Manitoba Vital statistics database
G. P. Baker Family History (includes family portrait)

 This history has been pieced together using a number of sources. If you have additional information or would like to point out a factual error, please do so in the comments below or by email at cassidy-at-mts.net.
© Christian Cassidy 2014

Wednesday, 27 August 2014

West End bus tour - Thursday night ! *Links

On Thursday evening join me on a bus tour of some notable places in the West End and West Broadway !

Stops include Wilson House (Klinic Building), Spirit Park, Orioles Community Centre, the intersection of Ellice and Sherbrook and Jacob Penner Park (Notre Dame Park.)

The tour begins at Wilson House, Broadway and Colony, at 6:15 p.m. and the bus leaves at 6:30 sharp. The tour will last 1.5 hours.

The cost is by donation to help cover the bus rental. Suggested donation is $10 per person.

For more information contact Bren at 204-774-7005 or greening@dmsmca.ca

Thanks to all who came on the tour tonight. As promised, here are further links !

Wilson House / Klinic

Winnipeg Downtown Places entry

Young Methodist / Young United Church / Crossways in Common

Biography of George Young
Young Methodist Church Historic Buildings Committee
The church tower
The church organ
Crossways in Common partners

The Origins of Sherbrook(e) Street 

West Broadway, a Neighbourhood History West End Dumplings

St. Matthews Church / West End Cultural Centre 

Winnipeg Downtown Places entry

Mac's Building

Winnipeg Downtown Places entry

Secure Storage / HMCS Chappawa / John Howard Society

Winnipeg Downtown Places entry

St. Matthews Church / West End Cultural Centre

 Winnipeg Downtown Places entry

Jacob Penner Park

Winnipeg Downtown Places entry

Orioles Community Centre

West End Dumplings entry

Thelmo Mansions

West End Dumplings entry
James Edward Tait, V.C.

Tuesday, 26 August 2014

Manitoba's WWI Fallen: Jack Smellie of Russell

To commemorate the 100th anniversary of the start of the First World War, I am working on a series of blog posts and radio shows that will look at some of the Manitobans who died in action. For more about this project and links to other posts, follow this link.

(Source) No photo available

In the official records, John Brown "Jack" Smellie survived the First World War. You won't find his name on Russell's war memorial or at the Canadian Virtual War Memorial, though the physical and mental damaged caused by battle led to his death in 1924.


The Smellies were a prominent retailing family in Russell, Manitoba. Smellie Bros. and Company's interests included dry goods, creameries and a car dealership. (The Smellie Block is a municipal heritage building.)

There were seven children in the family and three of the four sons enlisted. Jack, 19 and a student at the time, signed on with the 44th Expeditionary Force. 

All three Smellie boys were were injured in 1916, Jack's was announced in the June 26, 1916 newspapers, (Vancouver World). His injuries, however, went deeper than physical. This February 1917 Toronto Star article, (transcribed by the Canadian Great War Project), describes how Jack was in a bunker with three other men when a shell hit, killing two of them. The third man was thrown onto his chest, immobilizing him. It took six hours for the soldier to die and another 28 until someone came across Jack to rescue him.

Jack spent months in a British institution suffering from severe shell shock, which included loss of memory, paralysis and speech. He returned to Canada and in 1917 was traveling through New York when a sudden noise brought about a relapse of his memory and muteness. He was found wandering the streets and institutionalized in a Brooklyn hospital. (Note that this story was not reprinted in Manitoba newspapers.)

February 25, 1924, Winnipeg Tribune

Jack returned to Manitoba and worked at the family store in Russell. On February 23, 1924 he went into the basement where he "suddenly lost consciousness" and died. No direct cause of death was given. An article in the Tribune noted that he never recovered from the effects of his shell shock and that “....his sudden death at the age of 27 may be directly attributed to them.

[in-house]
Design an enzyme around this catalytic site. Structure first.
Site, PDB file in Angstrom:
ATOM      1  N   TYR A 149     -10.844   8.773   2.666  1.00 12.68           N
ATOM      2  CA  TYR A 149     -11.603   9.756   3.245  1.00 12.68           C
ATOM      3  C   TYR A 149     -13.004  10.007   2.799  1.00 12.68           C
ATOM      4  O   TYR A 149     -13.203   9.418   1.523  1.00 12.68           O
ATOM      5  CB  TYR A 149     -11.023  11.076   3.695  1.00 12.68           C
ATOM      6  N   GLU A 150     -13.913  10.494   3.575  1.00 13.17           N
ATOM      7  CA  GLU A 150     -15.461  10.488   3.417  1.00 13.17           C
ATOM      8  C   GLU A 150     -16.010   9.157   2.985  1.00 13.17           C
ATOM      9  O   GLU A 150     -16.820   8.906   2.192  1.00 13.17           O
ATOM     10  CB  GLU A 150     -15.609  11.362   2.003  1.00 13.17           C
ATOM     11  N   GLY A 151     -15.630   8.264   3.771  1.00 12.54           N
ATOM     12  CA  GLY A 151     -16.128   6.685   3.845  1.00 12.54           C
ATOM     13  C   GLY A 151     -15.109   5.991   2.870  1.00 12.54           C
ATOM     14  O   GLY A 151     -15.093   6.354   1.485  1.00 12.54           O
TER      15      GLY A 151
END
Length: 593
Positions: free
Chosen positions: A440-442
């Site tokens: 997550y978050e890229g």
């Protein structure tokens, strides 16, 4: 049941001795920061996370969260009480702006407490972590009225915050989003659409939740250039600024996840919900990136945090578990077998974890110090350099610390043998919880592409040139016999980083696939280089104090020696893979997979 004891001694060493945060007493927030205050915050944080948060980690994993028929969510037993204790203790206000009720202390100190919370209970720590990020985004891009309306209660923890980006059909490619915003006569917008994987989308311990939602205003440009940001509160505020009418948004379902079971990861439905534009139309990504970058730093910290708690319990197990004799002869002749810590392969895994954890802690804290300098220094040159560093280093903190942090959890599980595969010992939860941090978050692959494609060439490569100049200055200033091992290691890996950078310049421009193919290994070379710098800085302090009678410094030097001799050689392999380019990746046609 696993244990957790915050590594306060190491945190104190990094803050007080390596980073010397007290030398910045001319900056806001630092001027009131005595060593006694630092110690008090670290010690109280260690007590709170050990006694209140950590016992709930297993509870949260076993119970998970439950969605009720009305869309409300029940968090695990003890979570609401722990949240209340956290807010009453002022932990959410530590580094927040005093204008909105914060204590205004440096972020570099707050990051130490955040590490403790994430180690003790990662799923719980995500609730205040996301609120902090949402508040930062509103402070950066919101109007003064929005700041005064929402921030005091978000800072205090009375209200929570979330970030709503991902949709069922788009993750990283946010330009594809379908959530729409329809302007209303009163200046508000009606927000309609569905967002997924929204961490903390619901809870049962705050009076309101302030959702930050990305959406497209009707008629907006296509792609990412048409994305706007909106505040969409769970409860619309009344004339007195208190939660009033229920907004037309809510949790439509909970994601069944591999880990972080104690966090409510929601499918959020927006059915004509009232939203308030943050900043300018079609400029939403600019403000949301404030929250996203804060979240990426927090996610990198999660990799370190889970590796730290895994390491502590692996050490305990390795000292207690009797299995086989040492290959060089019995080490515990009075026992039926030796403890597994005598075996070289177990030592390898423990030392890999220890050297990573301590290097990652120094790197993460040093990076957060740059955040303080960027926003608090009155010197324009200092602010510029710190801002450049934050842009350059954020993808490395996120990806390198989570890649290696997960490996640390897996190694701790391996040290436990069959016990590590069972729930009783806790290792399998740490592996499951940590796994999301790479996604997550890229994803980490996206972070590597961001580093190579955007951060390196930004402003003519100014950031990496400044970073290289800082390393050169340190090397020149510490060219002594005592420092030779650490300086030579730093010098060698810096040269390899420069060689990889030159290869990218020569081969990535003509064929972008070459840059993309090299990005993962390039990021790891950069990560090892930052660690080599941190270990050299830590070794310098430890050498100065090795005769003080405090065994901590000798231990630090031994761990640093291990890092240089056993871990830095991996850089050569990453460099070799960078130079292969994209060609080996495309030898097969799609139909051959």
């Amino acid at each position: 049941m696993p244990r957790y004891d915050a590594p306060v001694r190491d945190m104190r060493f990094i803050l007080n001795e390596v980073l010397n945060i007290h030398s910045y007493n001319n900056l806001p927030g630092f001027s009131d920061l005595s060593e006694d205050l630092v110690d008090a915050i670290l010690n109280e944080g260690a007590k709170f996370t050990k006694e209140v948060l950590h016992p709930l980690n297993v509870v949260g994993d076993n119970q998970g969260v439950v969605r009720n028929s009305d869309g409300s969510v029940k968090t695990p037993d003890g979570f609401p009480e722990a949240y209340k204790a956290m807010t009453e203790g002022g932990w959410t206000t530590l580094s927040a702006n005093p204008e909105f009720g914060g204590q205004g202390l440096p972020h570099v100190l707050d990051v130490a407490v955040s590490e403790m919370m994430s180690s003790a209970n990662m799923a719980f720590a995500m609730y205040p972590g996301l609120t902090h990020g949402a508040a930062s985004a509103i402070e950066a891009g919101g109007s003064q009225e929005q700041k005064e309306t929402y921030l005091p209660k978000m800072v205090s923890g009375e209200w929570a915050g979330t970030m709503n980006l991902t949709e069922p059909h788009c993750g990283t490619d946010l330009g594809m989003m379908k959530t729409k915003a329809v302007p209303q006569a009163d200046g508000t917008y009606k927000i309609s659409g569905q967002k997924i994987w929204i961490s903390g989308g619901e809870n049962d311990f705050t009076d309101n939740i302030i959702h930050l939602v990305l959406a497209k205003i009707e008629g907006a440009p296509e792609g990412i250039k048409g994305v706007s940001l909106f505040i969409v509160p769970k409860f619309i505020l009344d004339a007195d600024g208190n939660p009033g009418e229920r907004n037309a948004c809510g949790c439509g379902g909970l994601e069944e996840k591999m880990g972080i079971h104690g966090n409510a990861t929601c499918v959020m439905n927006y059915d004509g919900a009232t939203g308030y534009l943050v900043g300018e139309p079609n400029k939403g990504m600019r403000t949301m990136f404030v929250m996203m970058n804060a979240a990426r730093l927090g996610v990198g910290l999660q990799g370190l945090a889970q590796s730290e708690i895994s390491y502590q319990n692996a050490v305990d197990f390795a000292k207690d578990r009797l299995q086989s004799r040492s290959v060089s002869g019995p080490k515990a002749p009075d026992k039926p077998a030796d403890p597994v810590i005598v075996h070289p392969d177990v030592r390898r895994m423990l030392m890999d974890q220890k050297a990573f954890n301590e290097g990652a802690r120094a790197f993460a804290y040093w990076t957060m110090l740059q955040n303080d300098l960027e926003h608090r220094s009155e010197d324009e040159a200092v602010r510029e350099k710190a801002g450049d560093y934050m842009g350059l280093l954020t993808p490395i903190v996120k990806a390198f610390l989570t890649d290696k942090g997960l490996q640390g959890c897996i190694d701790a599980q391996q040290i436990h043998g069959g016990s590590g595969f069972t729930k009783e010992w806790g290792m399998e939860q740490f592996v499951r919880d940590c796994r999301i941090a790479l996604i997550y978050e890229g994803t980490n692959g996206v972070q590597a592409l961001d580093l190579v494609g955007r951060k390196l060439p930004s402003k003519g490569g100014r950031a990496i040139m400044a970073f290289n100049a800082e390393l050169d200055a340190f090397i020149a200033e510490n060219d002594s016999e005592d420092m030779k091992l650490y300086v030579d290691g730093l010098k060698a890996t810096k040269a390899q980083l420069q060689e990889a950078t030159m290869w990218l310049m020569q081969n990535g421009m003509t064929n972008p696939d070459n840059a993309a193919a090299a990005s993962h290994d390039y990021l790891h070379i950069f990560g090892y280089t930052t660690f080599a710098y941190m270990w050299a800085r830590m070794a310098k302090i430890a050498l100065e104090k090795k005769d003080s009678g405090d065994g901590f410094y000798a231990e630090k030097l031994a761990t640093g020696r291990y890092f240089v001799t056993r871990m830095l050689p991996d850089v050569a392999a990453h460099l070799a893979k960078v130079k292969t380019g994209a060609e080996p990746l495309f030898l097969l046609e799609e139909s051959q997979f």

Additional Sources:
Attestation Papers Library and Archives Canada
Manitoba Vital Statistics Database

 This soldier's history has been pieced together using a number of sources. If you have additional information or would like to point out a factual error, please do so in the comments below or by email at cassidy-at-mts.net.

© Christian Cassidy 2014

Sunday, 24 August 2014

The Radio Edition - August 24, 2014

Upper Fort Garry Gate

Check out the podcast on Monday ! For past episodes.

Tonight on West End Dumplings - The Radio Edition, our guest will be Jerry Gray, chairman of the Friends of Upper Fort Garry. We'll talk about the history of the site and the big development currently underway.

Show Links

Links to some of the people and events we will be talking about in the history portion of the show. These are just a smidge of what you will find daily at my blog This Was Manitoba.

Winnipeg's Monty Hall, (see below for the interview link.)

"Cartoon" Charlie Thorson's fonds are at the University of Manitoba.

"Your Pet, Juliette", also see CBC Digital Archives

A history of Harlequin Romance

The ManPop music festival of 1970 

Harry Colebourn and Winnie the Bear (also)

Play List

Lucky Trapper Reel by Sierra Noble

Winnie the Pooh by The Sherman Brothers

Unscripted Monty Hall Interview (excerpt)

Helter Skelter by Dianne Heatherington (read more about her here)

Thursday, 21 August 2014

Interesting uses for transit buses in other cities

While we have MIRV, other cities are doing even more interesting things with transit buses.

 Source: lava mae blog

Last fall, San Francisco non-profit group Lava Mae began "delivering dignity one shower at a time" with their converted transit bus. It is being used to combat the fact that there are only a handful of places in the entire city where the homeless can use such facilities. There is an Indiegogo campaign to put more units on the road.


In Ottawa, the MarketMobile bus has hit the streets. The pilot project is a partnership between government, private and non-profit groups to brings fresh fruit and vegetables, plus nutritional information, to neighbourhoods where grocery stores are scarce.
Source: Bridj blog

In Boston, a new take on "the bus" as private bus firms like Bridj have hit the streets offering private shuttles, ranging in size from coaches to smaller, luxury vans. This CityLab story looks at what they offer.